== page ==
Vandy Martin will be thousands of miles away at her home in Hawaii on Thursday when the Historical Museum at Fort Missoula opens its annual four-day book sale.
It’s the biggest one yet, with the number of softbacks and hardcovers totaling probably closer to 80,000 than to last year’s 50,000. In 2017 the books spilled over from historic Heritage Hall at Fort Missoula to a room in the adjacent Post Headquarters building. This time it’s occupying the whole first floors of both buildings.
“We’ve grown exponentially,” said Jessie Rogers, the museum’s development director.
Martin is the biggest reason for that. In mid-September she finished six years of pilgrimages back to her old hometown by cleaning up and closing out a storage unit at Gilly’s Mini Storage on Third Street West.
Amid five carloads of magazines dating back to the 1920s; antique furniture; comic books from the 1940s through the '60s; dozens of scrapbooks filled with newspaper clippings; a velvet bride’s dress in its original packaging; boxes of phone receipts, Montana Power bills and Missoula parking tickets; boxes and boxes of holiday decorations; Martin’s childhood dolls and the first bed she ever bought were a few books.
Well, some 60 boxes full of books.
“When you get a call like that: ‘Oh, I’ve got 60 boxes of books in a storage unit that hasn’t been opened since 1989 or whatever,’ you’re skeptical,” Rogers said Wednesday. “That’s a lot of books. If they’re damaged — water, mold, mice — or if they’re all paperback romances or something, you have to be careful.”
In this case, a book from the first box she opened was titled “History of the Expedition Under the Command of Captains Lewis and Clark,” copyright 1900, commissioned by the Government of the United States.
“I was just like: 'We’ll take 'em,” Rogers said.
Martin had been sharing the cost of the storage unit with her adopted mother, Ellen Sue Findley, who lives in Iowa. Over a half-dozen years she enlisted friends from Missoula and far away to help clean it out. One of them was Andrew Dayton, an old friend from Hellgate High School, with whom she reconnected in 2013 when she began the purge of the time capsule. Dayton reached out to the historical museum on Martin’s behalf.
Many of the books had been passed down to Findley from her mother, whose maiden name was Milligan. Each is beautifully inscribed inside with a family name. So Oliver Wendell Holmes’ 1910 first edition “Yearbook of Humor” sports “Wm. Milligan” on the inside cover. Martin said William Milligan was Ellen Sue’s grandfather, who practiced law in Guthrie Center, Iowa.
As the sale opens its doors at 10 a.m. Thursday, “Yearbook of Humor” shares a table in Heritage Hall with “Half Hours With Great Story Tellers,” published in 1890 and also inscribed with William Milligan’s name up front.
Most books are sold by the stacked inch — $1.50 per inch. The rest are specialty priced and grouped separately.
“Because we had so many of these really cool old books, we kind of ran out of room for them,” Rogers said.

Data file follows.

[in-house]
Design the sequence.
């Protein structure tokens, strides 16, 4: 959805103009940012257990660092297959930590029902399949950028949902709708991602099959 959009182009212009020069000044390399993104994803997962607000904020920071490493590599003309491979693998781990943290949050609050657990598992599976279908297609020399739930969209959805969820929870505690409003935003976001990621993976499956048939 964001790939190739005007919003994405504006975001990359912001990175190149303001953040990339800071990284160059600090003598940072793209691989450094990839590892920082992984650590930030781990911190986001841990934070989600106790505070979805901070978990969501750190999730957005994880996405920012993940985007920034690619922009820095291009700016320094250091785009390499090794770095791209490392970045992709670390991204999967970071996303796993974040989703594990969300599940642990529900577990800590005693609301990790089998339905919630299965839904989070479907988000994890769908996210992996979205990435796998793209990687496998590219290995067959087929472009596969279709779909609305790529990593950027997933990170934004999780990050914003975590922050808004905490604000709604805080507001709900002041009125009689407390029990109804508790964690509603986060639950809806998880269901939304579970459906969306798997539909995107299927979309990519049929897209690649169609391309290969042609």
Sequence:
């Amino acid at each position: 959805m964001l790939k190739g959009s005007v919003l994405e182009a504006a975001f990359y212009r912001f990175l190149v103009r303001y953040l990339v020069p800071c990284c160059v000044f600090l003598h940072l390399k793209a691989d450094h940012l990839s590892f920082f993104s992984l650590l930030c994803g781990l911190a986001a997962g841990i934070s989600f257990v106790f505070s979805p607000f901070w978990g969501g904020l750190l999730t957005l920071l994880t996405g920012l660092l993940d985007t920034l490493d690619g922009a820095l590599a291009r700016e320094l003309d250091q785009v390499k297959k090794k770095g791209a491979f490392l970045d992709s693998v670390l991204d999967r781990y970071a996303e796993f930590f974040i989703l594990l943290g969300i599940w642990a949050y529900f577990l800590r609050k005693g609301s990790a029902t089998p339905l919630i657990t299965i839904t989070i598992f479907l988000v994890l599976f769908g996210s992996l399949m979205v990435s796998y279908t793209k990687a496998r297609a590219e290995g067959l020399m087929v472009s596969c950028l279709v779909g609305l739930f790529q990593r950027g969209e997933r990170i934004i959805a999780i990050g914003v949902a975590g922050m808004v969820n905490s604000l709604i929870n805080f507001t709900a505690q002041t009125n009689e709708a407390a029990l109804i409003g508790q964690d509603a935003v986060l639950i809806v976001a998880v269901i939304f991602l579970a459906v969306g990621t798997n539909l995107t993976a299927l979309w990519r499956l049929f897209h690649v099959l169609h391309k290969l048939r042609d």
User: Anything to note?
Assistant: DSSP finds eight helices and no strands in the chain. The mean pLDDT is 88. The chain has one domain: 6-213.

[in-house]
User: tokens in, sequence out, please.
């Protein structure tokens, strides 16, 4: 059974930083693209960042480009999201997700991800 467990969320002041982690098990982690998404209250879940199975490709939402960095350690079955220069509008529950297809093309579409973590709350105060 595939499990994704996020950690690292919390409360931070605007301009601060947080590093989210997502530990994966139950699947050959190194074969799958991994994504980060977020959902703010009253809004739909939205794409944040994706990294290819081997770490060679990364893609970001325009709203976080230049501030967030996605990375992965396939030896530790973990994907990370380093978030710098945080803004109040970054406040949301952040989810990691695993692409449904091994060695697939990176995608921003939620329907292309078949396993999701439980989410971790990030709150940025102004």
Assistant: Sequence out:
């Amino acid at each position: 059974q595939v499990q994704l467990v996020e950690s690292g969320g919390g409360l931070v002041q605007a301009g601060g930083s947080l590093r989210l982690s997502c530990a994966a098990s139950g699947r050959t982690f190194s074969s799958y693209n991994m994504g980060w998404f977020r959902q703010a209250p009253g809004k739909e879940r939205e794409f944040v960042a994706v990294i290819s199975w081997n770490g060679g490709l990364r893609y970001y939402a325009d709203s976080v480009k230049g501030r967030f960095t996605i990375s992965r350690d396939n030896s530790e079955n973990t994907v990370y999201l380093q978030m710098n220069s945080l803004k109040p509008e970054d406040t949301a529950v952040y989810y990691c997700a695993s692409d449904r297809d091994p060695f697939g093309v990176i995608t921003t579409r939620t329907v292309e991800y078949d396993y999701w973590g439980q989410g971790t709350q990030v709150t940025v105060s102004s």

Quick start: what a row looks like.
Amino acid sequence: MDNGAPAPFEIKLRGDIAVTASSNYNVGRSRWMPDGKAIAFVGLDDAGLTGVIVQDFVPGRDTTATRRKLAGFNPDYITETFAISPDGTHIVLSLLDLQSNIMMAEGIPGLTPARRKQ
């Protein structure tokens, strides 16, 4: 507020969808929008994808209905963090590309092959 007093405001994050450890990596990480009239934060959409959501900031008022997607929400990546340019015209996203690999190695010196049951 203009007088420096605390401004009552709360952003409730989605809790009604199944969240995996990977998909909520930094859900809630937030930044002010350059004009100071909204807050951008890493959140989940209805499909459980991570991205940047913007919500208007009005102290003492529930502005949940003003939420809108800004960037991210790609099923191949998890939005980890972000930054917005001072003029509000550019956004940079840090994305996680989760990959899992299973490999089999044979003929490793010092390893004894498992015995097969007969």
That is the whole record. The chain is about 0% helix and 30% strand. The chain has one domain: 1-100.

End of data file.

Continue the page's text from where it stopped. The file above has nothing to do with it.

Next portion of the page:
So a “Corner of Curiosity” is filled with stacks of “Bold, Beautiful and Intriguing” books, most of them from the Martin and Findley collection: foreign language books, old primers and “A Child's History of England” by Charles Dickens.
But they’re also spread around the tables and shelves of both buildings. There are four boxes of sheet music that Findley and family collected, starting probably in the 1800s. A volunteer located a thin book she’d placed in the Drama section. Published in 1951, it was titled “From Paradise to Butte: A Comedy in One Act” by Robert Finch that’s set on “a railroad station platform at Paradise, somewhere high in the Rockies.”
Contributors from Missoula County and around western Montana were so generous the historical museum staff and volunteers were forced to shut down donations early for the first time. Rogers said they'll reopen for next year after a couple of weeks of regrouping from this year's sale.
The museum tried to relieve the frenetic rush of book sale week by holding two sortings a month starting not long after last year’s sale ended.
Besides adding rooms of books in the Post Headquarters Building, there’s a Kids Kave illuminated by strings of Christmas lights and stocked with such titles as “The Adventures of Jerry Muskrat,” copyright 1939. That's the same year Steinbeck's "Grapes of Wrath" and James Joyce's "Finnegans Wake" hit bookstores, and "Gone With the Wind" and "The Wizard of Oz" debuted on the silver screen.
The book sale and a cheese curds booth at the Western Montana Fair each August are the two largest fundraisers for the Friends of the Historical Museum at Fort Missoula. There’s almost no overhead for the book sale, so virtually all proceeds are used to supplement the county museum’s efforts with exhibits and programming relating to Missoula County history and preserving artifacts of the past.
“It’s been a fascinating year of books, and a lot of fun,” Rogers said. “There’s just so many really cool finds. I think people are going to have a lot of fun with it.”